Why the Death Penalty is Ineffective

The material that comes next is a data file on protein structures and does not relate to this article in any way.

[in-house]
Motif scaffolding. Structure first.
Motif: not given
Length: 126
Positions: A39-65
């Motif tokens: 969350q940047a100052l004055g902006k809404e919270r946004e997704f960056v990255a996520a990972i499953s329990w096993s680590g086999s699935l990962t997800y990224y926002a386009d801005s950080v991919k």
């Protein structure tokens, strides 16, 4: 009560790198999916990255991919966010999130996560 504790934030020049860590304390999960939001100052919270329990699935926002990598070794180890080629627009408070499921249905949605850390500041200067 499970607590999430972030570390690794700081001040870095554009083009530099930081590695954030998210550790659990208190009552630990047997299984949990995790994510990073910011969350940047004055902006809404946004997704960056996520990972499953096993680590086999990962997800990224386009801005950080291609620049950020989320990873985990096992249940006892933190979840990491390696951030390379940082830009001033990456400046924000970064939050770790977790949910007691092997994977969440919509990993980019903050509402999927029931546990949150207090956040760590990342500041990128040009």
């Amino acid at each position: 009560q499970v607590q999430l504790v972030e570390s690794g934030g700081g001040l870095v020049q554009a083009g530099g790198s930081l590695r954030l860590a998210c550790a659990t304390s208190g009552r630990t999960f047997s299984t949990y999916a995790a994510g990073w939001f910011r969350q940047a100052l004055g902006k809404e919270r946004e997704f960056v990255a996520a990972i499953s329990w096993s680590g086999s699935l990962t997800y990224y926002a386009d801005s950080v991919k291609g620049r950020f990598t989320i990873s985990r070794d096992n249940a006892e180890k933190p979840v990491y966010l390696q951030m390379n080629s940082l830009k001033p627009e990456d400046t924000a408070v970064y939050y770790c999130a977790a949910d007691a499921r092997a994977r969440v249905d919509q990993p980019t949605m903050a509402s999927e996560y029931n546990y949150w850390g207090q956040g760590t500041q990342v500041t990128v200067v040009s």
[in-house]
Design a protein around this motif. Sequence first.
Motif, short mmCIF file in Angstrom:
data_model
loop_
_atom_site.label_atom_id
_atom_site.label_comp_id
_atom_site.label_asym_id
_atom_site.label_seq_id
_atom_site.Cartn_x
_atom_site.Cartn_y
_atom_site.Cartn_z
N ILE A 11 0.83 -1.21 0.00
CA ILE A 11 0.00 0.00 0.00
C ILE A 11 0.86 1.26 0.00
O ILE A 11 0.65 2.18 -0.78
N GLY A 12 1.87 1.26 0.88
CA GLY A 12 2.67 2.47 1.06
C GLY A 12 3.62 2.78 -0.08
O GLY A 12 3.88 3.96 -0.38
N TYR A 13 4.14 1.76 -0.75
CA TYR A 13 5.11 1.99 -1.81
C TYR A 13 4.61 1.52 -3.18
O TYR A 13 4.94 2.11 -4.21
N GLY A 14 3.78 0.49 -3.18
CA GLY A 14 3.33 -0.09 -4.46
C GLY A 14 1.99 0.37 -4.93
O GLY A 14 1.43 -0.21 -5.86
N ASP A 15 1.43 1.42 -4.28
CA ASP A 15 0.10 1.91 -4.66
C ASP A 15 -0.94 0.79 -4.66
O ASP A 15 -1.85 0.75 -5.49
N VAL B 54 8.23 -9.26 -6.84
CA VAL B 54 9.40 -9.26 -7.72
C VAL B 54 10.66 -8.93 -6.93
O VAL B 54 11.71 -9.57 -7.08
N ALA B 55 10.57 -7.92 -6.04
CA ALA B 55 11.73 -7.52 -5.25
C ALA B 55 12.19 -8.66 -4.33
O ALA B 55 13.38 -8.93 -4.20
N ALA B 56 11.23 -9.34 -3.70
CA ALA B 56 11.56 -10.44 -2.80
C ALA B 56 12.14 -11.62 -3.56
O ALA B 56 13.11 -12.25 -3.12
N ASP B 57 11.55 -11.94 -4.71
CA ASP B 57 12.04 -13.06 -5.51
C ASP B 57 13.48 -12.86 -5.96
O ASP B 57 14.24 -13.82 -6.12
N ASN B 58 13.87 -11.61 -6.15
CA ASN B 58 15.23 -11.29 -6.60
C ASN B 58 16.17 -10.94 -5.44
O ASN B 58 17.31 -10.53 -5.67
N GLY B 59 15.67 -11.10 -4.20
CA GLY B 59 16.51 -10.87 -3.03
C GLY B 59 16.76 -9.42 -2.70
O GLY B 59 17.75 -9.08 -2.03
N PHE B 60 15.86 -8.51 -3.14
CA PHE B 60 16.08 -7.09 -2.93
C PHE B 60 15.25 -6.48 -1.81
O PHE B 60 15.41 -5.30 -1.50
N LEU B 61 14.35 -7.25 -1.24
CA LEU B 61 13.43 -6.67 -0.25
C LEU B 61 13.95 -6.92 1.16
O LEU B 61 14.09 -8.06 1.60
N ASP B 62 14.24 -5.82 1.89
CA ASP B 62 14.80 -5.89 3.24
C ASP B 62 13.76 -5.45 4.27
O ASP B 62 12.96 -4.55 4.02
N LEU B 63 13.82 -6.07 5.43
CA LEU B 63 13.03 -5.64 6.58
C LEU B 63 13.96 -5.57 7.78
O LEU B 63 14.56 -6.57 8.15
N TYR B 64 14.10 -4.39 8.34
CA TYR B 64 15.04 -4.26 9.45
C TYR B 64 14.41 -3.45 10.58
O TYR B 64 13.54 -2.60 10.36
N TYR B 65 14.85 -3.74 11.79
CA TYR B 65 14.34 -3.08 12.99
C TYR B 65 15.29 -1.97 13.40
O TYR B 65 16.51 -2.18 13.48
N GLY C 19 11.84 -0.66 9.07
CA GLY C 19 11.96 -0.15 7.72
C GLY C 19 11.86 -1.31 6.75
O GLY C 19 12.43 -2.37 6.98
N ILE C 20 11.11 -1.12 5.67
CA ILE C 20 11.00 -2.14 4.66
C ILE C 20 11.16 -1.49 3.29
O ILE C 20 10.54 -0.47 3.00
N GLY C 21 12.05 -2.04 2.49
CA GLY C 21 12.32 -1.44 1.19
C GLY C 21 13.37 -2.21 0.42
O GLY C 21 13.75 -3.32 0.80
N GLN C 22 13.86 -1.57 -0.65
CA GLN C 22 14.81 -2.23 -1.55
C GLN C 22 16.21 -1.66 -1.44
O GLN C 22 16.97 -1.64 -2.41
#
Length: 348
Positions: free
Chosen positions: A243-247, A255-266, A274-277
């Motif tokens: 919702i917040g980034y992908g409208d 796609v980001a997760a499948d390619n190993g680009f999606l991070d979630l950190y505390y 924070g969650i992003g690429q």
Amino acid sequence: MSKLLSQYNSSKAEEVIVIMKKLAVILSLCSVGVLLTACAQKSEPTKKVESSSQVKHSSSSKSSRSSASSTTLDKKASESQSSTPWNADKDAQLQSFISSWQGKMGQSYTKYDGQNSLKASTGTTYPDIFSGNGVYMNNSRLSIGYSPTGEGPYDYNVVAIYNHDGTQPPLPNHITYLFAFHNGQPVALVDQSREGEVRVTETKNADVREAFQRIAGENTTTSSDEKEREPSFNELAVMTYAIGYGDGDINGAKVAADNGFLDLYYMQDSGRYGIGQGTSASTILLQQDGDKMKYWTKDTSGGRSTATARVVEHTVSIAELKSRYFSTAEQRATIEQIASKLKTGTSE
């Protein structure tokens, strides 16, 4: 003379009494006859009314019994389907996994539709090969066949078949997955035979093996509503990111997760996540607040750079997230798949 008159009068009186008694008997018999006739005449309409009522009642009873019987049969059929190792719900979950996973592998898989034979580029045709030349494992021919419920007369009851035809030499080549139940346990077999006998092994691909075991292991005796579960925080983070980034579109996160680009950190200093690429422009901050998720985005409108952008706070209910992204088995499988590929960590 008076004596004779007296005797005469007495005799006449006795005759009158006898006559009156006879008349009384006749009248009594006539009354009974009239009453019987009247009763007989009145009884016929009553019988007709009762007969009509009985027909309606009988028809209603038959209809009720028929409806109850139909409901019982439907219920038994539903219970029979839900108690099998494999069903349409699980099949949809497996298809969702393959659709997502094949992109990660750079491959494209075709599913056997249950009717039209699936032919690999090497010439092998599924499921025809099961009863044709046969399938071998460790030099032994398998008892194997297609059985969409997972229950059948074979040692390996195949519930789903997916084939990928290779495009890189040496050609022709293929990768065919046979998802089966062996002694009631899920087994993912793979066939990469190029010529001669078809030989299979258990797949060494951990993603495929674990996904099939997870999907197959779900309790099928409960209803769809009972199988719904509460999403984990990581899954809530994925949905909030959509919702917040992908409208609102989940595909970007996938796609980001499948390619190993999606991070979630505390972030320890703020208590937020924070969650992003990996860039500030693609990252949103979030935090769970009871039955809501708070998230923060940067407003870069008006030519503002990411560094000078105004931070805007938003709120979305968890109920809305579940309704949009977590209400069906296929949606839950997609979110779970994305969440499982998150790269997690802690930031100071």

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Why the Death Penalty is Ineffective The society constantly tries to reason with an effective way to respond to violence. Differences in opinion on the use of death as punishment arise from differences in religious, ethical, cultural, and morale perspectives. The role of death as a punishment for an offence has not been solved today, and remains a dilemma for the citizenry's political, legal, social, and religious thought. This is because an answer to the question "is the death penalty effective?" is not clear or evident today, as it was in the 18th century. Many studies have tried to create a persuasive response and evidence that official state killings make citizens and law enforcement safe. Other studies prove that death does not make the society safer, as illustrated with crime reports in New York in 1977. The argument is that death penalty only increases the rate of crime, since in NY, forty-four officers were killed prior to the 1977 death penalty, and eighty officers were killed in the decade after the death penalty (Carlson, Elshtain & Owens, 2004). Given the differing and perplexing views on the death penalty, this paper uses the rogerian argument to present valid reasons for and against the death penalty. Those that make the argument, "the death penalty is an effective punishment," make it on the basis on the cost on human life. Theorists like Ernest Van Den Haag believe that the death penalty has a higher cost on human life, making fewer people choose

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